Incidentally, the one Burgh tech company that did contact me got back to me more than two months after I first inquired with them. Most of the Pittsburgh companies I applied to didn’t even bother to acknowledge that they had received my resumé. With Amazon.com, the total elapsed time between my first contact and an offer on paper was 29 days. Are there any good engineers left by the time the Pittsburgh companies get around to talking to them?
Politicians and arm chair analysts talk a lot about Pittsburgh's so-called brain drain. As Jefferson points out later in his post, people come, people go; it's the American way of life. Brain drain isn't the right metaphor for what Jefferson describes.
Instead, his post goes anecdotally to a different part of the economic development puzzle: Jobs.
Lots of people, me occasionally included, claim that the key to stabilizing Pittsburgh's economic climate is growing the number of new jobs here. If we have employment, the argument goes, then people will stay, and people will come. The next step in the argument is often to blame government, and high taxes in particular, for stagnation in the job market. Job growth is a structural problem, not a personal one.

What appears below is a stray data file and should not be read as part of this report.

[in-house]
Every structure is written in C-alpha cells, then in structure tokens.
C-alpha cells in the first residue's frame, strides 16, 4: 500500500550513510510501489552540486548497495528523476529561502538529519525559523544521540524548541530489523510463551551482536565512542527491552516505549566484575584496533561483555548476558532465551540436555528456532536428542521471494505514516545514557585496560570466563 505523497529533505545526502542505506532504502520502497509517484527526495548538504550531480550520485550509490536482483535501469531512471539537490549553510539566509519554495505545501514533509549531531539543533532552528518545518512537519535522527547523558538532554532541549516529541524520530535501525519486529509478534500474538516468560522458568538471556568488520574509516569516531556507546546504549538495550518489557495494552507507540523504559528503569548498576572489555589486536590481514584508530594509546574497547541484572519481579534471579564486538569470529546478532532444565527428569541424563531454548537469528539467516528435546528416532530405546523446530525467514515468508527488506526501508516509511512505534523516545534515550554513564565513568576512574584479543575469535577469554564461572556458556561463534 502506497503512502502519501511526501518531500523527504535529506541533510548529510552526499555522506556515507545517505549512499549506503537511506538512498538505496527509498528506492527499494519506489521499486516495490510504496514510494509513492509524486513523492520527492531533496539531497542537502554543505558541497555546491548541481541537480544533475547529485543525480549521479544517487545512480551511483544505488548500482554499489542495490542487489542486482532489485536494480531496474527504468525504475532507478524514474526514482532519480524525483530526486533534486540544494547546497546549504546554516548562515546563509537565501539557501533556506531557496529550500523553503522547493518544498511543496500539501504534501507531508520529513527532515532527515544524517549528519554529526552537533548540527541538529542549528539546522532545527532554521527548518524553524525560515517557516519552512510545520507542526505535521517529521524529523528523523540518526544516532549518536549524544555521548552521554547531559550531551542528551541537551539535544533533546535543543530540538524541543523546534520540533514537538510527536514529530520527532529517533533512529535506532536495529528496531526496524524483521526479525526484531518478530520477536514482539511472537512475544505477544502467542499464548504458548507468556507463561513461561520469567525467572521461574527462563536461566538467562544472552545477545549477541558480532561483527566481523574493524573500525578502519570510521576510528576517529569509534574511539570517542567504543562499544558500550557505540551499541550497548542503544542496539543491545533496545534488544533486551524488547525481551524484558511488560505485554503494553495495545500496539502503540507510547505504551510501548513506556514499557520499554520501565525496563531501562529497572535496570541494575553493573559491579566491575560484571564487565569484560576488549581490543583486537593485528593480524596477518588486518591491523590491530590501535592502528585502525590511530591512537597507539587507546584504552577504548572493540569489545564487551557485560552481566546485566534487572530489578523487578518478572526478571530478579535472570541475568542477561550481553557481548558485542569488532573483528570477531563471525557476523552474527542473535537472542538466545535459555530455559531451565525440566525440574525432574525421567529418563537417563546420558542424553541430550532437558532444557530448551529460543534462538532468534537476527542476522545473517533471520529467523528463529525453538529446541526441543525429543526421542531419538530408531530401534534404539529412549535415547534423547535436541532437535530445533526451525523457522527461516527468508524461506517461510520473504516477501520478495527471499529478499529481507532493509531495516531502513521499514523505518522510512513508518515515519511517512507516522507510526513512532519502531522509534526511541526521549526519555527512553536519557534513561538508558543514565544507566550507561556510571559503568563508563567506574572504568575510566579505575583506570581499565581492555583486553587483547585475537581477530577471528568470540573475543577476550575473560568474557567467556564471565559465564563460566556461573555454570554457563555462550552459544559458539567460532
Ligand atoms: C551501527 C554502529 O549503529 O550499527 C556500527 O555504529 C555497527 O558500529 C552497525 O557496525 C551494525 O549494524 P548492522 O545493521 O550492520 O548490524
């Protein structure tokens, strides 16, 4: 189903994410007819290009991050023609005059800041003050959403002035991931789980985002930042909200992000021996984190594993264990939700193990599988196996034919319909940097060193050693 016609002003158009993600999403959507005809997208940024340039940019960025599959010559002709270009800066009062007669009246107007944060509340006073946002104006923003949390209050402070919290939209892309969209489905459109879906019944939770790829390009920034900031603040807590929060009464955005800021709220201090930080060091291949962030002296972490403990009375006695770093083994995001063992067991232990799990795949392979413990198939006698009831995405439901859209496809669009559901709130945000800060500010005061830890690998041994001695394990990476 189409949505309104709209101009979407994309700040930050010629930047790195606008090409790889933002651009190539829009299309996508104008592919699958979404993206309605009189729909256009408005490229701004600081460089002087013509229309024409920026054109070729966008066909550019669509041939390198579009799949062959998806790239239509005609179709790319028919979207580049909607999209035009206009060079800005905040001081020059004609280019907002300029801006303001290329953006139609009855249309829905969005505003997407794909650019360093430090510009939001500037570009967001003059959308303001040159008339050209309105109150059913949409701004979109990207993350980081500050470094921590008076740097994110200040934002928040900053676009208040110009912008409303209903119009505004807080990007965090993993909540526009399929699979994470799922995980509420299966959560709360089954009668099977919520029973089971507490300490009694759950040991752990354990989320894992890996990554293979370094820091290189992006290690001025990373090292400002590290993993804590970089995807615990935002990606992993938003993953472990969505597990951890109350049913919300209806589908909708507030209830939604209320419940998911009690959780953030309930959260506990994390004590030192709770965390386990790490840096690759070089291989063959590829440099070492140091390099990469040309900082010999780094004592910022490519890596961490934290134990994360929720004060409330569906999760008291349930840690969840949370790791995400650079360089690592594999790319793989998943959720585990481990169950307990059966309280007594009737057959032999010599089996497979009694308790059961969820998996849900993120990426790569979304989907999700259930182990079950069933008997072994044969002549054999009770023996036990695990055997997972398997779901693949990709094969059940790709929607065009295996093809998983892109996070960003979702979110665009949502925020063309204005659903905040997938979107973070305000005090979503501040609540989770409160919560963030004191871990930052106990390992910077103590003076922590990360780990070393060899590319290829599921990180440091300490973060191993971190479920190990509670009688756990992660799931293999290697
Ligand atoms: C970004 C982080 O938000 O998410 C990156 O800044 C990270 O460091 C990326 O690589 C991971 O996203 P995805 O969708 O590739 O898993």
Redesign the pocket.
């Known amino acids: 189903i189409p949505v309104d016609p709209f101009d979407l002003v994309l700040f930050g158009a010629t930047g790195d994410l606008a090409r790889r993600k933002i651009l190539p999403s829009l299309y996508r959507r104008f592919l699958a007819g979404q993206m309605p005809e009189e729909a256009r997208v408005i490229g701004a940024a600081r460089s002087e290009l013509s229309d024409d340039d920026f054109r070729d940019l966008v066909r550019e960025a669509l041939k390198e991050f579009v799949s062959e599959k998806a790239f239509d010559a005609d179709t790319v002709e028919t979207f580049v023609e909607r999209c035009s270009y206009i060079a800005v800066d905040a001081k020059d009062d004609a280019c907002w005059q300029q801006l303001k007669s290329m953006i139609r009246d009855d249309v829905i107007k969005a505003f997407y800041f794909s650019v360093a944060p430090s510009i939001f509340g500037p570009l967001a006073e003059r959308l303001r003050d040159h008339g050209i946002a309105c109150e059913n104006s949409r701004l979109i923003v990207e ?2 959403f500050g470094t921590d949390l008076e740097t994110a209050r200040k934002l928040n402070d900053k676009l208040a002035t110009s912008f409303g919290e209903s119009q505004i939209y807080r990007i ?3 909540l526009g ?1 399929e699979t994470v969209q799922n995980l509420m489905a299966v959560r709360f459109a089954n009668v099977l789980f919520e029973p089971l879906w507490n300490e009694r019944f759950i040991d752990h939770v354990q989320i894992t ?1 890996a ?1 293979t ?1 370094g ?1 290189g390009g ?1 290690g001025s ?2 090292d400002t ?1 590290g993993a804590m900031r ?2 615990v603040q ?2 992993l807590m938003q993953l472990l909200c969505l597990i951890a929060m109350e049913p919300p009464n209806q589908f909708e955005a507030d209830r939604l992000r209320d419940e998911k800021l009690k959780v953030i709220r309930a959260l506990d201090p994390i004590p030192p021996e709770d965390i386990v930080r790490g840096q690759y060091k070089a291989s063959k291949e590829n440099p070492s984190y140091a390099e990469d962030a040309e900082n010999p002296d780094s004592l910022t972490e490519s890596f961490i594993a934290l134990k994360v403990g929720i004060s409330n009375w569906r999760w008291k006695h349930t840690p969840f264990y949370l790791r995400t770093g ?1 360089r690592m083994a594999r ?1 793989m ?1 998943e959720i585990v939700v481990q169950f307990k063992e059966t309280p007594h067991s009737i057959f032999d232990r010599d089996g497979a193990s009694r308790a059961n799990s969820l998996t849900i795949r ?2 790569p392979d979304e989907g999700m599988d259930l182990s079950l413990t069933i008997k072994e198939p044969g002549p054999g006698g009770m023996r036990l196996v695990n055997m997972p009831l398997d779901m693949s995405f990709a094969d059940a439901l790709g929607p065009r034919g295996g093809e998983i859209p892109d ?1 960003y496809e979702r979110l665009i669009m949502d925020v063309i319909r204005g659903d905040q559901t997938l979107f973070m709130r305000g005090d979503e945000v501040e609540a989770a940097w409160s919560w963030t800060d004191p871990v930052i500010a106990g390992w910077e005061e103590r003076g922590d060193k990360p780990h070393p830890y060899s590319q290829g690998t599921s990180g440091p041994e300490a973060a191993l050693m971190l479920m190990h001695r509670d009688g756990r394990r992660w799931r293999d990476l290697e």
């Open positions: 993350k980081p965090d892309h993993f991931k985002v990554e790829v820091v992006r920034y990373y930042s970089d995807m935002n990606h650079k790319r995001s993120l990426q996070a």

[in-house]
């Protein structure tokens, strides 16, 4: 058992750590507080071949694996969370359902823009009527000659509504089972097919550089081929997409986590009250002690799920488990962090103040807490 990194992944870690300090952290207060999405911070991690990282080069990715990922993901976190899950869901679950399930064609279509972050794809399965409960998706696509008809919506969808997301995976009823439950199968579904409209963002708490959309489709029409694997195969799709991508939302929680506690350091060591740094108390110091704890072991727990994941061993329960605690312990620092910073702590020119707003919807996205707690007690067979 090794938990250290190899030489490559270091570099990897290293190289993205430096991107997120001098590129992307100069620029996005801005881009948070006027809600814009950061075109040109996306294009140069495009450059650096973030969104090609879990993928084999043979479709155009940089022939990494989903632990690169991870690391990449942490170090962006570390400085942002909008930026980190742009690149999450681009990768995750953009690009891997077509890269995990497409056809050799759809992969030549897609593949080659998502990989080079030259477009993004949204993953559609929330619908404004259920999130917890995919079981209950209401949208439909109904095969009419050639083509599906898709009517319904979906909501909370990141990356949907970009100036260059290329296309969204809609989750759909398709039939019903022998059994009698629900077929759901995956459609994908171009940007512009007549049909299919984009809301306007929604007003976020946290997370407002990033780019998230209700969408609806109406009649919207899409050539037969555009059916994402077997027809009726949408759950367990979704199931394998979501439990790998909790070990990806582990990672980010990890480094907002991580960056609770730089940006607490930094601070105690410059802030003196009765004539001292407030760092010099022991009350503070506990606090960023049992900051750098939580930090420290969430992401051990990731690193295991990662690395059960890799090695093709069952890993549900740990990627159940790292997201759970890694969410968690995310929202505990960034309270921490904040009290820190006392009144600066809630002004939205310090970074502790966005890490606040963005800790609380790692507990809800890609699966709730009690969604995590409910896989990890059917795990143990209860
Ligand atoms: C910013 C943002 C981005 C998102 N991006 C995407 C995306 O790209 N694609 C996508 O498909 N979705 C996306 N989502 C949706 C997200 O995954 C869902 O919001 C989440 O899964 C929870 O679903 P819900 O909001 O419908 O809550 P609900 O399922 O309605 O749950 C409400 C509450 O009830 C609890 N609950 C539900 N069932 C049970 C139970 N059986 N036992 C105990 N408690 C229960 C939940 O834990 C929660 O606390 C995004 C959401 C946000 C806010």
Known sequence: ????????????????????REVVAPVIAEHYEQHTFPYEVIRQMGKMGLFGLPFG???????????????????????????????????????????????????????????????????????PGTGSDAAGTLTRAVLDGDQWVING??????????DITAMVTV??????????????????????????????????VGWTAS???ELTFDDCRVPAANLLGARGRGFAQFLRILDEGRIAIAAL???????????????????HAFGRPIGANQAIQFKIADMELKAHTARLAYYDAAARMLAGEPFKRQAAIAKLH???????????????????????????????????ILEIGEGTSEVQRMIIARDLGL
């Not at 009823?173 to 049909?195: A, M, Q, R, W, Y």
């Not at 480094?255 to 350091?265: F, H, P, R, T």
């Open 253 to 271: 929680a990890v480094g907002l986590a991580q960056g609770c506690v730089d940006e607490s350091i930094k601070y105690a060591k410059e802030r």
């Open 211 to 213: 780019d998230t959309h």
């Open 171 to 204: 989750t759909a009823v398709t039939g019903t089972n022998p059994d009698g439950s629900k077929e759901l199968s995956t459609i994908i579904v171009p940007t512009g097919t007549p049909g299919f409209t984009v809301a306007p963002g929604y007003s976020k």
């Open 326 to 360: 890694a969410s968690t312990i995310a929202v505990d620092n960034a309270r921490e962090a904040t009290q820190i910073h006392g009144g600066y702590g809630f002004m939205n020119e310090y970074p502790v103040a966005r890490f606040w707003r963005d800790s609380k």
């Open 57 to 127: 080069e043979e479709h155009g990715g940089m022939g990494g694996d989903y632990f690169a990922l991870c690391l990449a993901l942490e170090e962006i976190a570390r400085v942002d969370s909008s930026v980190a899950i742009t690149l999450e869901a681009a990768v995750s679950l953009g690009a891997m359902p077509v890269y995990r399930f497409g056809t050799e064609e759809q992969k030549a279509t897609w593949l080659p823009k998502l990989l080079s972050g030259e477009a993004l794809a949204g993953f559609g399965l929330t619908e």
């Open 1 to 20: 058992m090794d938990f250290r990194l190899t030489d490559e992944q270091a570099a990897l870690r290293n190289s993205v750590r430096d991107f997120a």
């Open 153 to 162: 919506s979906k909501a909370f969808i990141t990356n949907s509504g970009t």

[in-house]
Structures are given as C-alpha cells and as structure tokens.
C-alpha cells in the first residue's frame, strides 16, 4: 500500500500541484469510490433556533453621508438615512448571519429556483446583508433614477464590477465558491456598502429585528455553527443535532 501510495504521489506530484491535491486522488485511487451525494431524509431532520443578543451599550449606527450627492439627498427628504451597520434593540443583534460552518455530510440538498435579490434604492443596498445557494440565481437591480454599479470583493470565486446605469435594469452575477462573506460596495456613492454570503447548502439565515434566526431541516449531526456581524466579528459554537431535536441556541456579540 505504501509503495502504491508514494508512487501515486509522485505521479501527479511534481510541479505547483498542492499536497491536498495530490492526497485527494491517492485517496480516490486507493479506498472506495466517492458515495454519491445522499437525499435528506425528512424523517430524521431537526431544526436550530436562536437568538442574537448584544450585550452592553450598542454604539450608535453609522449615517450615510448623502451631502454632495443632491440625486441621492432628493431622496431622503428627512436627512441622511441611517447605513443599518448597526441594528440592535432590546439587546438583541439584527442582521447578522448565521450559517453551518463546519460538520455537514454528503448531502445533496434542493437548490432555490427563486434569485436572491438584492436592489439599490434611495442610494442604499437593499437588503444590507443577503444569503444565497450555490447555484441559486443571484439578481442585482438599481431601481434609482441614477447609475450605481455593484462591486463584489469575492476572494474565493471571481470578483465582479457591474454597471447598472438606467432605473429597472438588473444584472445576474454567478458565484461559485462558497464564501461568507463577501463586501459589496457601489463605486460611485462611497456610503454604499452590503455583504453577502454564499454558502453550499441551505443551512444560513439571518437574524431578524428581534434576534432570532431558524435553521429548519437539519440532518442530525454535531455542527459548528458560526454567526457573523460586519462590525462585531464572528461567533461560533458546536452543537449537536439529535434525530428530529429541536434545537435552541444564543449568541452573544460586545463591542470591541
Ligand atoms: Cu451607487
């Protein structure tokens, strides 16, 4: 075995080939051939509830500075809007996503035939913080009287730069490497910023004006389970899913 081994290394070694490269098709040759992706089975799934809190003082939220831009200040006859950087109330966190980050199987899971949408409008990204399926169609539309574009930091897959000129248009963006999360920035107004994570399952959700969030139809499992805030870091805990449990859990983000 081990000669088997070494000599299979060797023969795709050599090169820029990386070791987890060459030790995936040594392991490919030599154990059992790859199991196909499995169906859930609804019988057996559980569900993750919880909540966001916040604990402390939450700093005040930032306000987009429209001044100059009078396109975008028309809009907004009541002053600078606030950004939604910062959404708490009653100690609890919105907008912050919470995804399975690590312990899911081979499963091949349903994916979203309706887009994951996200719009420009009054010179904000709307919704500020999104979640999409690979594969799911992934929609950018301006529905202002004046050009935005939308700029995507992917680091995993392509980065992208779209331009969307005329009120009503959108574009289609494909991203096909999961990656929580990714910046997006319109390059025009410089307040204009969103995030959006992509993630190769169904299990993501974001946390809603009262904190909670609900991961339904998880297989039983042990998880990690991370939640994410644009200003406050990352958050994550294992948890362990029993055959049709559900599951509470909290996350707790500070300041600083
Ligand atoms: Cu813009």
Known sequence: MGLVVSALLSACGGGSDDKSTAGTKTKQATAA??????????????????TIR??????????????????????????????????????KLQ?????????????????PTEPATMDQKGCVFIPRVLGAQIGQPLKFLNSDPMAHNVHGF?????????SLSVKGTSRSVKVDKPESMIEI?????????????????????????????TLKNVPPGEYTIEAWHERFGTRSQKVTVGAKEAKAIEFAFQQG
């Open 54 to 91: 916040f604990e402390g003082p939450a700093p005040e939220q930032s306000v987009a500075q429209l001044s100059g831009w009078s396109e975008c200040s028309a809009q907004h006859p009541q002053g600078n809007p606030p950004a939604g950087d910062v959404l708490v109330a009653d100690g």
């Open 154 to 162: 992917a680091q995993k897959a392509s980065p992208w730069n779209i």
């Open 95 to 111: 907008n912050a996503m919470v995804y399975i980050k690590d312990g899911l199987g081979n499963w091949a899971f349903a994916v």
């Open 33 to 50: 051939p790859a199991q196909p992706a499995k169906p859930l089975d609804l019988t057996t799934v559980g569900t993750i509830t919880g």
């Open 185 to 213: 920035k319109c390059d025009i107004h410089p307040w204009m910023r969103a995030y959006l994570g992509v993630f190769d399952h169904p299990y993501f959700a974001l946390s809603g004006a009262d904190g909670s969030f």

Is that wrong? If taxes fall, will jobs burst forth and local firms fall over themselves striving to fill them? Judging anecdotally, there's no evidence of that. As it stands, the people who already have jobs in Pittsburgh seem perfectly happy to ignore those that don't. I've heard from other job seekers locally, both on the blog and one-on-one, that too many Pittsburgh employers post open jobs, then turn into black holes for resumes. Failure to respond to applicant interest in a position isn't just rude (though it is obviously rude); it's lazy; and it's stupid. It's bad advertising -- bad for the company and bad for Pittsburgh. It sends a message: We care about us, not about you.
This puts the lie, I think, to the most famous and durable of Pittsburgh stereotypes, that this town and region are noteworthy for their honesty and work ethic. If you have a job, that stereotype certainly seems to fit -- but a big part of that job seems to be keeping it intact, and keeping others at arms' length. Is there a "Not Welcome" sign posted in the region's employment markets? It sure seems that way.
Put another way, who in Pittsburgh is running with this ball -- in the other (and more productive) direction?